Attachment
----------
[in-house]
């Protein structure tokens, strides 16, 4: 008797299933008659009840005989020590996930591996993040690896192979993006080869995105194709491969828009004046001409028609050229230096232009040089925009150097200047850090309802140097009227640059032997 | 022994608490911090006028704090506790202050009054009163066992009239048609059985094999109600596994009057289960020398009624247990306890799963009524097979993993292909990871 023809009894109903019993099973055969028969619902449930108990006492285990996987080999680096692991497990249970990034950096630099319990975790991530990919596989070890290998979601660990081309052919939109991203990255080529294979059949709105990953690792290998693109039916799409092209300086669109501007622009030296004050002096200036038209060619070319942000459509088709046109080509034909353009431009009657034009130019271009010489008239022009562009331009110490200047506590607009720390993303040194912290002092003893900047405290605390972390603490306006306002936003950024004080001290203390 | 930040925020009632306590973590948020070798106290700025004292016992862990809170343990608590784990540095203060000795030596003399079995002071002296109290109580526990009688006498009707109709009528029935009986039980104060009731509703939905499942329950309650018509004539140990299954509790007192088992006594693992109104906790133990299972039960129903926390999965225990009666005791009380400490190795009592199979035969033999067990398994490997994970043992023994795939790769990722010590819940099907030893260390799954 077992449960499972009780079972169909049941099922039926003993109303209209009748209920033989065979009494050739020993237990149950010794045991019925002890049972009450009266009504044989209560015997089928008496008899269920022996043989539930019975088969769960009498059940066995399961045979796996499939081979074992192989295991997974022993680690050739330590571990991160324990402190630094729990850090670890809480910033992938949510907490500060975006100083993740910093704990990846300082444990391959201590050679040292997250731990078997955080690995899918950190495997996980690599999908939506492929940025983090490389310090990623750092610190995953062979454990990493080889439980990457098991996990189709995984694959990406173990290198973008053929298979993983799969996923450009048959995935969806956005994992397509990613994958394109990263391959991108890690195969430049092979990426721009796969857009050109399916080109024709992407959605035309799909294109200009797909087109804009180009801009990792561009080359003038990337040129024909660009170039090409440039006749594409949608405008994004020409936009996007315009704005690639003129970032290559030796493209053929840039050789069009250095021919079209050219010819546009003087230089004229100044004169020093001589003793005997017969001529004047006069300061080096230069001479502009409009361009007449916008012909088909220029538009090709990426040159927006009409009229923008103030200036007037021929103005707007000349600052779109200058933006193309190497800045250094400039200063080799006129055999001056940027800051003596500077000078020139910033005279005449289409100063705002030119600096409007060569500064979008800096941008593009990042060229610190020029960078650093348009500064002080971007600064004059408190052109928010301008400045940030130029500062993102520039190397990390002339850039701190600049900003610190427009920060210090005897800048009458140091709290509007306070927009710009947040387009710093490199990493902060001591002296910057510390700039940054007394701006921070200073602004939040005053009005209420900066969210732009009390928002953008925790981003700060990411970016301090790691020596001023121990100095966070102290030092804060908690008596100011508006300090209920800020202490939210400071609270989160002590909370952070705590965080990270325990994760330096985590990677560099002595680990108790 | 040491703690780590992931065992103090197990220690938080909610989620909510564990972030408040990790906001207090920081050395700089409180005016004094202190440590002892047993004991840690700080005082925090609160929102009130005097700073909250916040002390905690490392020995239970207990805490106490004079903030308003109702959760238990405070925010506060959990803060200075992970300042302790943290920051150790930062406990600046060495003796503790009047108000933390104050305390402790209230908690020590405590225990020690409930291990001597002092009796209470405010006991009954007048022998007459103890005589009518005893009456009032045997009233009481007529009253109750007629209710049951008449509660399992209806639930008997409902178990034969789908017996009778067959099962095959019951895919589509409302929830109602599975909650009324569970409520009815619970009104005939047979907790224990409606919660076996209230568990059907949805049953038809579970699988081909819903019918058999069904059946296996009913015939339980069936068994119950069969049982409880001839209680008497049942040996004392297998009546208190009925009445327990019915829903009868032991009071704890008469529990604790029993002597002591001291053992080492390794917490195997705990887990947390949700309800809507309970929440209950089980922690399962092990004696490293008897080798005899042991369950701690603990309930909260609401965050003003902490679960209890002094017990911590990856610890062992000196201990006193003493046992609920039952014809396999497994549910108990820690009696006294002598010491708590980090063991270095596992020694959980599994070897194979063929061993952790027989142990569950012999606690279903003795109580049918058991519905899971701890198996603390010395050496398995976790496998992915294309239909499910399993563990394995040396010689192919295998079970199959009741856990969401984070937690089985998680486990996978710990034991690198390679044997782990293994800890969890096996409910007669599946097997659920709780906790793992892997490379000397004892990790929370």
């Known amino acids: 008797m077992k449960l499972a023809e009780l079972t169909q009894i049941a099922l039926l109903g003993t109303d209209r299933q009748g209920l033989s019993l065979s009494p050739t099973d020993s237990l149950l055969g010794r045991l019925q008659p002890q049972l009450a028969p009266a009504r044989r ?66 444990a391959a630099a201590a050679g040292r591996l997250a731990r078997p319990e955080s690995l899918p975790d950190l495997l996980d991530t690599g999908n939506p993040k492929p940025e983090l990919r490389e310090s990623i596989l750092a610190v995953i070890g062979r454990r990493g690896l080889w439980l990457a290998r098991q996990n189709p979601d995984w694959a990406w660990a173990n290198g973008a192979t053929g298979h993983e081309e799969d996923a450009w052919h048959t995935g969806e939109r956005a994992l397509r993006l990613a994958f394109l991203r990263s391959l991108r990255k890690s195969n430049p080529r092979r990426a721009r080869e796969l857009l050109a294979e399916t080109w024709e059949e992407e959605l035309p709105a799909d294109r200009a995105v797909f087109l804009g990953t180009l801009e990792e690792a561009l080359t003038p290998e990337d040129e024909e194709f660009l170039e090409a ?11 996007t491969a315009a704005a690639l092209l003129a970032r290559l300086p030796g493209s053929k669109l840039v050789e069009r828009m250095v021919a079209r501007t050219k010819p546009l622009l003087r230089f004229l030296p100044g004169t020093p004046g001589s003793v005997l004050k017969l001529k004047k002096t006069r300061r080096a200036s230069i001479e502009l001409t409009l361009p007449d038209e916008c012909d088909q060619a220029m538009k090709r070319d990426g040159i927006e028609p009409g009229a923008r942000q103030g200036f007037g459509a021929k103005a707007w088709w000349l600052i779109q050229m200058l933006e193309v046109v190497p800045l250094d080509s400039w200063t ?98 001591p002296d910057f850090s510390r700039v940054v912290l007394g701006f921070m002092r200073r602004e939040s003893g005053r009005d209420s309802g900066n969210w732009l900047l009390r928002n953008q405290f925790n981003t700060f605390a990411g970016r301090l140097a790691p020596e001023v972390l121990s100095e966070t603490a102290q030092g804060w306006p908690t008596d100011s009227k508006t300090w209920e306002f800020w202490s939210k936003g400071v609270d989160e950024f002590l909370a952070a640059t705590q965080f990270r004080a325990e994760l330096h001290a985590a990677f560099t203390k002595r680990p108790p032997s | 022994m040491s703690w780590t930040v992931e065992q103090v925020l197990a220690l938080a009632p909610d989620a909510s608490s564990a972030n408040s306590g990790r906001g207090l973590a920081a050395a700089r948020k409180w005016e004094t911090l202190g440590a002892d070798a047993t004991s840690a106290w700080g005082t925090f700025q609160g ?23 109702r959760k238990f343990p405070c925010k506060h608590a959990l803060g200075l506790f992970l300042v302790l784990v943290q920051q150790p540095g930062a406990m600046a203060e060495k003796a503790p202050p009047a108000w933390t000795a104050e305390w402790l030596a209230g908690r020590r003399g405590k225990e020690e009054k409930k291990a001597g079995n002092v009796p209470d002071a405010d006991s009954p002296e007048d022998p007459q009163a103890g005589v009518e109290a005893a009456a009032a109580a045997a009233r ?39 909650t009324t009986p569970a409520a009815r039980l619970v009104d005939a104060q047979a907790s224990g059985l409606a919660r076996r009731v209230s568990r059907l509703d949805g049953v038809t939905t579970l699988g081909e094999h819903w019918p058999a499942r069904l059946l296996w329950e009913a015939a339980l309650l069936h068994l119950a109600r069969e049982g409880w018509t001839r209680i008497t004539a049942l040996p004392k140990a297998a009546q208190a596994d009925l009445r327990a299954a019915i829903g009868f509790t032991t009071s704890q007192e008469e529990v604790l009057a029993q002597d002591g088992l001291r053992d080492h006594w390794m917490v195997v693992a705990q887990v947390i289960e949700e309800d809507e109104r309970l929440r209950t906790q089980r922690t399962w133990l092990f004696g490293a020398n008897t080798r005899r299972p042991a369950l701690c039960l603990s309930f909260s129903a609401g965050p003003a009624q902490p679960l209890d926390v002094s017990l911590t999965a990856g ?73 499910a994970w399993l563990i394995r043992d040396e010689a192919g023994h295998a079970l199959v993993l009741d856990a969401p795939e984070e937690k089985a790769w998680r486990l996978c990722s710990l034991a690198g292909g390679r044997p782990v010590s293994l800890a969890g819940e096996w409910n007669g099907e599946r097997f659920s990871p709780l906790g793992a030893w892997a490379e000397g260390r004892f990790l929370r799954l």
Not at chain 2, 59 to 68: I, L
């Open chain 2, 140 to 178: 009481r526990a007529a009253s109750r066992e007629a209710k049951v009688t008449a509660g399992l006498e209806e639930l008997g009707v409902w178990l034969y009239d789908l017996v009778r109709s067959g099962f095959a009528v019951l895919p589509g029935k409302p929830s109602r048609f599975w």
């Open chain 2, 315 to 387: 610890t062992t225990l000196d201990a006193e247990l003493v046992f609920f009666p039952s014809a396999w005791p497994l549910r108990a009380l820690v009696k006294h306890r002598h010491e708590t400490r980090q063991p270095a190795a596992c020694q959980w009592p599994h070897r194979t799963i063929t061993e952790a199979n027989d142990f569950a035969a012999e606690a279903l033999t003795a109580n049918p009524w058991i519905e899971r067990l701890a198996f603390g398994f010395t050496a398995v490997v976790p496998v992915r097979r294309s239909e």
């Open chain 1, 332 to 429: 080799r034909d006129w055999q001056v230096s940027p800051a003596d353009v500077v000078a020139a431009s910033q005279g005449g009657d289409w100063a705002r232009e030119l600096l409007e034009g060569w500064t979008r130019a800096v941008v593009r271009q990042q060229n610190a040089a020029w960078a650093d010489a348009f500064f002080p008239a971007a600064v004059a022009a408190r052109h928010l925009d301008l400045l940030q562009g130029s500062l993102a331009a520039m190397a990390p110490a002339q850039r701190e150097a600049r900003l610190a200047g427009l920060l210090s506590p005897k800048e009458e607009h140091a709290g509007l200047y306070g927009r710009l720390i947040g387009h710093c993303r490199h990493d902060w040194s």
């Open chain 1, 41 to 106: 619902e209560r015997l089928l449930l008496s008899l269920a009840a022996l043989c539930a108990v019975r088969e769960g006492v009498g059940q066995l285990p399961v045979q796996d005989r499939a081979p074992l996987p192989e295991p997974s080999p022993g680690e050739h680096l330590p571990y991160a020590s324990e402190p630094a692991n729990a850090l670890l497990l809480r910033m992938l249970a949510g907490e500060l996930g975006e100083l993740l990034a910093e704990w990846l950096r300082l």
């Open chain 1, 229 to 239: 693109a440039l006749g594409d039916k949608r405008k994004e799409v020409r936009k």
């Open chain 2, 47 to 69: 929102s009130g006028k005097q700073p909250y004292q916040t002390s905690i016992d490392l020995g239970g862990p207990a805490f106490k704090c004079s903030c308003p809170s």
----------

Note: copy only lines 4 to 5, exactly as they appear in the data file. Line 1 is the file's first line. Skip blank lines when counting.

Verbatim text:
Not at chain 2, 59 to 68: I, L
């Open chain 2, 140 to 178: 009481r526990a007529a009253s109750r066992e007629a209710k049951v009688t008449a509660g399992l006498e209806e639930l008997g009707v409902w178990l034969y009239d789908l017996v009778r109709s067959g099962f095959a009528v019951l895919p589509g029935k409302p929830s109602r048609f599975w």